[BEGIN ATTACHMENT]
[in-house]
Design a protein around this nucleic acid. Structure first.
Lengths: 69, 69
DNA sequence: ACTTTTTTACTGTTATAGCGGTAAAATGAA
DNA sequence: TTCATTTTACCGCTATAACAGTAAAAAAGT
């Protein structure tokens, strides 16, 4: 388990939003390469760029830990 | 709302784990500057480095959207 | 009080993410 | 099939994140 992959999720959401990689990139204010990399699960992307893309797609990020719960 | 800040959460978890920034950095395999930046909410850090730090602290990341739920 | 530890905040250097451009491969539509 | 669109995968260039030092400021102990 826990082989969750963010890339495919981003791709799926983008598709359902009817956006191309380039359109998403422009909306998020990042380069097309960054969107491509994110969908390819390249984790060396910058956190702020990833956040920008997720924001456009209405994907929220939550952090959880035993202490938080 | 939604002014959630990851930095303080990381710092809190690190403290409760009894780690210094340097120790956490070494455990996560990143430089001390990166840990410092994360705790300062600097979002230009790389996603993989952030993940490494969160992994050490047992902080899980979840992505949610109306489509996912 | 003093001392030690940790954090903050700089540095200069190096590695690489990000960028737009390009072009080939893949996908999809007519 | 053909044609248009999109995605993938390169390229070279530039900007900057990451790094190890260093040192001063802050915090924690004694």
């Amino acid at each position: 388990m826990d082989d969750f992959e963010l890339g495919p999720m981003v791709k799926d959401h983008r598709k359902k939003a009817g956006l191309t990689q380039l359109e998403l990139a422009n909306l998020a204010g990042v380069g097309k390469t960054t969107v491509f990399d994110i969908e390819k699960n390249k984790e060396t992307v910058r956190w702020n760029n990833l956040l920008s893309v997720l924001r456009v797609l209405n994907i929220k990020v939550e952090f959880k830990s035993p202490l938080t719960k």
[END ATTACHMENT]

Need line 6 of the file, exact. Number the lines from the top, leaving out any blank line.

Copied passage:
């Protein structure tokens, strides 16, 4: 388990939003390469760029830990 | 709302784990500057480095959207 | 009080993410 | 099939994140 992959999720959401990689990139204010990399699960992307893309797609990020719960 | 800040959460978890920034950095395999930046909410850090730090602290990341739920 | 530890905040250097451009491969539509 | 669109995968260039030092400021102990 826990082989969750963010890339495919981003791709799926983008598709359902009817956006191309380039359109998403422009909306998020990042380069097309960054969107491509994110969908390819390249984790060396910058956190702020990833956040920008997720924001456009209405994907929220939550952090959880035993202490938080 | 939604002014959630990851930095303080990381710092809190690190403290409760009894780690210094340097120790956490070494455990996560990143430089001390990166840990410092994360705790300062600097979002230009790389996603993989952030993940490494969160992994050490047992902080899980979840992505949610109306489509996912 | 003093001392030690940790954090903050700089540095200069190096590695690489990000960028737009390009072009080939893949996908999809007519 | 053909044609248009999109995605993938390169390229070279530039900007900057990451790094190890260093040192001063802050915090924690004694």